Labour Market Realities: Growing Precarity for Housing Workers
As today's labour market statistics yet again show record high levels of employment, it is worth remembering that being in work no longer brings about the financial security it once did.
As Kingsley Abrams highlights in our interview above, the rise of in-work poverty has been particularly acute over recent years. The most recent figures suggest that almost 60% of those living in poverty are non-pensioners in working households and this as should come as no real surprise - today's ONS figures show that, in real terms, total average pay remains £33 lower a week than it was in February 2008.
As Kingsley notes with a salary of £15,000 to £17,000, "you have to pay your rent, you have to pay so many bills, it will affect you enormously... it will stress you." CLASS research conducted earlier this year found that over half of all UK workers had noticed an increase in stress in their workplace over the past year. Stress is just one aspect of what some call the 'precarization' of work, where increasing insecurity is both subjectively and objectively felt by workers.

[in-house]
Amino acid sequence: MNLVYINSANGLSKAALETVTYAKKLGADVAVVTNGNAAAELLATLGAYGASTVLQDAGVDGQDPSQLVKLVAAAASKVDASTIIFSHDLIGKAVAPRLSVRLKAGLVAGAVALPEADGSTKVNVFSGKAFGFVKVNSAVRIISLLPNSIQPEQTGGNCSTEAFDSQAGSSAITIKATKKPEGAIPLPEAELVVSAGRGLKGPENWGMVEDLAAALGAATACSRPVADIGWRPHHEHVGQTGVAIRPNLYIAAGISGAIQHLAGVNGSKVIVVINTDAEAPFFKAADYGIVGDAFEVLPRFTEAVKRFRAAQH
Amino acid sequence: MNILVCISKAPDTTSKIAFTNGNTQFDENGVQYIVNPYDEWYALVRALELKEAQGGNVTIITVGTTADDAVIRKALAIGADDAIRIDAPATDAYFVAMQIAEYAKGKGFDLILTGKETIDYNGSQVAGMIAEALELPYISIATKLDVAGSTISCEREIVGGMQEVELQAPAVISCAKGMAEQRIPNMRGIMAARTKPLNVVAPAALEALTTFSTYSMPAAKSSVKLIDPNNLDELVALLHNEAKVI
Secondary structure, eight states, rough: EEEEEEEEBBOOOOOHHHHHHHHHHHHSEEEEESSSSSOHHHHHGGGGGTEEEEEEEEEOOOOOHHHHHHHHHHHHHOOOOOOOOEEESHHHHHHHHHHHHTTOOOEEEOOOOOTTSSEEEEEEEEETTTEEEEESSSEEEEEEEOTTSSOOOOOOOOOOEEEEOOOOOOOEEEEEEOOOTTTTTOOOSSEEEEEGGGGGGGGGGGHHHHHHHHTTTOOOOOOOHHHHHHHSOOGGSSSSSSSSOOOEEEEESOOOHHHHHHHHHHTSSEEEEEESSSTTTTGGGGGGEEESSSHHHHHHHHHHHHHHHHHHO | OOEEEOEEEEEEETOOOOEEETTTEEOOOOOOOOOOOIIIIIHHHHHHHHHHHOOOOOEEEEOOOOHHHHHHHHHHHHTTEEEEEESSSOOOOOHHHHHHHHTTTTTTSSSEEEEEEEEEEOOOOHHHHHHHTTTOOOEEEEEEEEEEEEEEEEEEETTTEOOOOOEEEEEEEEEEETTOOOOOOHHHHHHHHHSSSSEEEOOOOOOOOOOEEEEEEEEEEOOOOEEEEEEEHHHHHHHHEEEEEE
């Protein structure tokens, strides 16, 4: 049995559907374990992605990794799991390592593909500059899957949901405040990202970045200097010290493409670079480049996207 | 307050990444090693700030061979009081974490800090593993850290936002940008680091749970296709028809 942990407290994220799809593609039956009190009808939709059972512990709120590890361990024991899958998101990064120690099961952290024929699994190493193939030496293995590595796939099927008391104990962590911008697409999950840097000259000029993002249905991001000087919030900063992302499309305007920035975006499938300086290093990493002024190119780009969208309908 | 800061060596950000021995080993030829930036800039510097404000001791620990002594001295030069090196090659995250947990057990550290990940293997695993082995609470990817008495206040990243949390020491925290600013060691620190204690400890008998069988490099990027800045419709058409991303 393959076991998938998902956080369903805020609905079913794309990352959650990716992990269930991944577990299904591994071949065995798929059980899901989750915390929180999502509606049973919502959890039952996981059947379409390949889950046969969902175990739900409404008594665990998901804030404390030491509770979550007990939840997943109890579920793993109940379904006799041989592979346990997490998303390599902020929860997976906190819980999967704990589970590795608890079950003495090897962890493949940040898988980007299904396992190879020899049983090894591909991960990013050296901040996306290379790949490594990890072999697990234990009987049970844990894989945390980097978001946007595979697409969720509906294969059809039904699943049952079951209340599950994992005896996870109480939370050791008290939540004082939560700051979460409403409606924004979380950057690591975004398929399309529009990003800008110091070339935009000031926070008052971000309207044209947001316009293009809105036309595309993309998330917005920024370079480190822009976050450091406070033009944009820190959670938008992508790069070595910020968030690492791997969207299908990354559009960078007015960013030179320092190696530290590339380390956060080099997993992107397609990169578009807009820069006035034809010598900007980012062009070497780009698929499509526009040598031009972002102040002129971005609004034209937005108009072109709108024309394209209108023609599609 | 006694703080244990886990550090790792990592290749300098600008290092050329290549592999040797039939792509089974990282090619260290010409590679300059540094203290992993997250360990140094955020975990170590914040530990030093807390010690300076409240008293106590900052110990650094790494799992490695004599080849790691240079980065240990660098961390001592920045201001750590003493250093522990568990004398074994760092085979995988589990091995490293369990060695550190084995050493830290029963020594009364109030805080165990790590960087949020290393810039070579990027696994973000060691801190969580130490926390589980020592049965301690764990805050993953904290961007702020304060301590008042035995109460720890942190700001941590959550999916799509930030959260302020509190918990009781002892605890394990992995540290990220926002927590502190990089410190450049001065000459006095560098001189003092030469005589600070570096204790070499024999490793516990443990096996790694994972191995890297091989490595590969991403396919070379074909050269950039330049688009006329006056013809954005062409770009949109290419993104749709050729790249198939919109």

With precarious work afflicting an ever-greater number of workers, the shortcoming of today's statistics is that they glaze over these issues and seem to be predicated on the assumption that transitioning into work is enough to absolve any financial woes people may have. The goal needs to change from 'more jobs' to 'more and better jobs'.